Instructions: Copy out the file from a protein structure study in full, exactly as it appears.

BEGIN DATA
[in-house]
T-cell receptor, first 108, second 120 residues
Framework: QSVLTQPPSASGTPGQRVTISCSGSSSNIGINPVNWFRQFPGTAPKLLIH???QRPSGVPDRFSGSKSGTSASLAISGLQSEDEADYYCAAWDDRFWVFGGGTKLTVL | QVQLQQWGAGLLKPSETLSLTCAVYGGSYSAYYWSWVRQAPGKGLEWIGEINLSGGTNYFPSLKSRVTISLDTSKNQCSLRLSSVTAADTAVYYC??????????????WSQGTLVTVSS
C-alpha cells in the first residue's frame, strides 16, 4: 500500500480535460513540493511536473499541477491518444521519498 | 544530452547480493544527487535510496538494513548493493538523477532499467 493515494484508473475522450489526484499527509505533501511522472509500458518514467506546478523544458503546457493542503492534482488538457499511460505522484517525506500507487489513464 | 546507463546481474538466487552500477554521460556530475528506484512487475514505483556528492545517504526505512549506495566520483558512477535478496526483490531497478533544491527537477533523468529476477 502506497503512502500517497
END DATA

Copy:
[in-house]
T-cell receptor, first 108, second 120 residues
Framework: QSVLTQPPSASGTPGQRVTISCSGSSSNIGINPVNWFRQFPGTAPKLLIH???QRPSGVPDRFSGSKSGTSASLAISGLQSEDEADYYCAAWDDRFWVFGGGTKLTVL | QVQLQQWGAGLLKPSETLSLTCAVYGGSYSAYYWSWVRQAPGKGLEWIGEINLSGGTNYFPSLKSRVTISLDTSKNQCSLRLSSVTAADTAVYYC??????????????WSQGTLVTVSS
C-alpha cells in the first residue's frame, strides 16, 4: 500500500480535460513540493511536473499541477491518444521519498 | 544530452547480493544527487535510496538494513548493493538523477532499467 493515494484508473475522450489526484499527509505533501511522472509500458518514467506546478523544458503546457493542503492534482488538457499511460505522484517525506500507487489513464 | 546507463546481474538466487552500477554521460556530475528506484512487475514505483556528492545517504526505512549506495566520483558512477535478496526483490531497478533544491527537477533523468529476477 502506497503512502500517497